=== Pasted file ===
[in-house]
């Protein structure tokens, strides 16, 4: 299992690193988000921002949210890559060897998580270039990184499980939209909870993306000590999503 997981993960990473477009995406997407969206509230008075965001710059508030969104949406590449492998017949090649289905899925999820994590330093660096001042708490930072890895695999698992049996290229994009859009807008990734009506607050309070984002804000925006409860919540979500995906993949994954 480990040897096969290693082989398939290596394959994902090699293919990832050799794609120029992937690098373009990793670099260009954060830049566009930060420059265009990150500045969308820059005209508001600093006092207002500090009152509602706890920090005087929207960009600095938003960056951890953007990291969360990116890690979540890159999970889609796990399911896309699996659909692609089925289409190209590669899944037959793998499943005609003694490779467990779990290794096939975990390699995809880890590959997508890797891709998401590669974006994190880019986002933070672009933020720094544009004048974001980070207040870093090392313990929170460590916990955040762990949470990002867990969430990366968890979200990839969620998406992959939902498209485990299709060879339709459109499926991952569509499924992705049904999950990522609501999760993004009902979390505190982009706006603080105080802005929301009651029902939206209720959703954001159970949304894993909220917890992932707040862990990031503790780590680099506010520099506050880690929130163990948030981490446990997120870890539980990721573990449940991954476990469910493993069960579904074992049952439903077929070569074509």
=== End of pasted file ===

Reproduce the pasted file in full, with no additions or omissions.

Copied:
[in-house]
């Protein structure tokens, strides 16, 4: 299992690193988000921002949210890559060897998580270039990184499980939209909870993306000590999503 997981993960990473477009995406997407969206509230008075965001710059508030969104949406590449492998017949090649289905899925999820994590330093660096001042708490930072890895695999698992049996290229994009859009807008990734009506607050309070984002804000925006409860919540979500995906993949994954 480990040897096969290693082989398939290596394959994902090699293919990832050799794609120029992937690098373009990793670099260009954060830049566009930060420059265009990150500045969308820059005209508001600093006092207002500090009152509602706890920090005087929207960009600095938003960056951890953007990291969360990116890690979540890159999970889609796990399911896309699996659909692609089925289409190209590669899944037959793998499943005609003694490779467990779990290794096939975990390699995809880890590959997508890797891709998401590669974006994190880019986002933070672009933020720094544009004048974001980070207040870093090392313990929170460590916990955040762990949470990002867990969430990366968890979200990839969620998406992959939902498209485990299709060879339709459109499926991952569509499924992705049904999950990522609501999760993004009902979390505190982009706006603080105080802005929301009651029902939206209720959703954001159970949304894993909220917890992932707040862990990031503790780590680099506010520099506050880690929130163990948030981490446990997120870890539980990721573990449940991954476990469910493993069960579904074992049952439903077929070569074509």